Latest Rafael Nadal revelation casts fresh doubt over his French Open hopes

Kevin Palmer
Rafael Nadal takes a break
Rafael Nadal looks on

The clock is ticking on Rafael Nadal’s hopes of competing at the French Open and the latest revelation that he has turned down the chance to play a warm-up event this week suggests he may be close to confirming his plans.

Nadal has not played a competitive match since losing in the second round of the Australian Open in January, with his absence through the entire clay court season sparking rumours that he may be close to calling time on his illustrious career.

A long-standing foot problem and the hip injury he sustained in Melbourne at the start of the year may be factors holding back his return to action, yet it seems implausible that the icon who will turn 37 in June can be at his best to defend his French Open title.

Now it has been confirmed that Nadal turned down the chance to get some clay court practice in this week’s ATP Challenger event in Bordeaux, meaning he will head into the French Open with no warm up matches if he decides to play in Paris.

“I offered him (Nadal’s agent Carlos Costa) one of the wild cards,” Bordeaux tournament director Jean-Baptiste Perlant told French sports daily L’Equipe.

“He very kindly told me that Nadal was continuing his preparation at home in Manacor, that he was not ready and was in a race against time to be ready for the French Open.”

The ‘race against time’ comment is the first confirmation from inside the Nadal camp that he might be struggling to be fit in time to play in his favourite tournament.

Nadal has won the French Open on a remarkable 14 occasions and played through the pain barrier to overcome his foot problem to win the title last year.

Yet it appears his powers of recovery appear to be waning, with the gaps between his injury breaks widening in recent years.

This is a pattern followed by his great friend and rival Roger Federer, who battled against a series of injuries before finally confirming his retirement last year.

It remains to be seen whether Nadal will be forced to follow that path in the coming months, with images from a video of him struggling to complete a training session at his academy in Manacor, Spain, adding to fears a retirement announcement may be imminent.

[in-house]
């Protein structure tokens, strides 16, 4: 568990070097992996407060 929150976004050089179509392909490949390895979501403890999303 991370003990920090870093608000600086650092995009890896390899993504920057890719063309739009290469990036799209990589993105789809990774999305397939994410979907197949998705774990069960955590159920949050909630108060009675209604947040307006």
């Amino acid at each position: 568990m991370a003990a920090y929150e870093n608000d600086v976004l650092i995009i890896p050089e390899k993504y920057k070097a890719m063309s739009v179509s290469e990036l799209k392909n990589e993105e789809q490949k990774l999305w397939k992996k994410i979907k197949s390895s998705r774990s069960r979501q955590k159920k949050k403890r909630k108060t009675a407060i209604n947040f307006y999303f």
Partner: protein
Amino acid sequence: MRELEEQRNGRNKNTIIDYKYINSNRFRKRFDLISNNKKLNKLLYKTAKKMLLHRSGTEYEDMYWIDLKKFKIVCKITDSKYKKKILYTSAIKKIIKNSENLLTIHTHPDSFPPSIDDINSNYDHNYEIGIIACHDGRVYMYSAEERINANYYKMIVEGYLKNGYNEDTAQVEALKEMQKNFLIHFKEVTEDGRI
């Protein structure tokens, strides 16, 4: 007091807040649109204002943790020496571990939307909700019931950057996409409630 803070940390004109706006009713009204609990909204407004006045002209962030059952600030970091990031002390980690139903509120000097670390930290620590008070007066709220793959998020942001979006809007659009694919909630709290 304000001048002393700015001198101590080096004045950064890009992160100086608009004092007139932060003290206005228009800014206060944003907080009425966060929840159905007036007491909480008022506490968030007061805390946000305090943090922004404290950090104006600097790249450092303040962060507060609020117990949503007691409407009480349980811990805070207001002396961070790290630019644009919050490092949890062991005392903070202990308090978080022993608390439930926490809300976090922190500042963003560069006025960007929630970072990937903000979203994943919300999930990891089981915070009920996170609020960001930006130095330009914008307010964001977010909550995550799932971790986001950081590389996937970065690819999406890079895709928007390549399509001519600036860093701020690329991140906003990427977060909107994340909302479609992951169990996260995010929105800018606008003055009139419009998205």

Compatriot Carlos Alcaraz is emerging as his natural successor, with tennis legend Boris Becker among those who has doubted Nadal’s powers of recover as he suggested the 20-year-old is aa blend of Nadal and his great rival Novak Djokovic.

“Carlos plays tennis very differently. What impresses me the most is his powerful style of play. When he hits his forehand with full topspin, there’s no grass anymore (a German proverb that his hitting is so effective),” Becker told Eurosport.

“Whoever dares take on a rally against him has lost anyway. We used to say that about [Rafael] Nadal and [Novak] Djokovic. But Alcaraz has even more punch and even more topspin in his shots. That’s why he’s rewriting tennis history.

“I am fascinated by the fact that he is playing the way he is playing this year. It’s hard enough to get into the tennis scene and win your first tournaments. Now it surprised me that after a winter of injuries he continues to play tennis exactly where he left off – with absolute world-class performances.”

Nadal will need to make his plans for the French Open clear in the coming days, with the draw for the second Grand Slam of 2023 set to take place on May 25th

It may be that Nadal may already know what his decision will be over a tournament that means so much to him, but that decision will need to be made public on the next 10 days.

READ MORE: Fresh doubts over Rafael Nadal’s hopes of playing at the French Open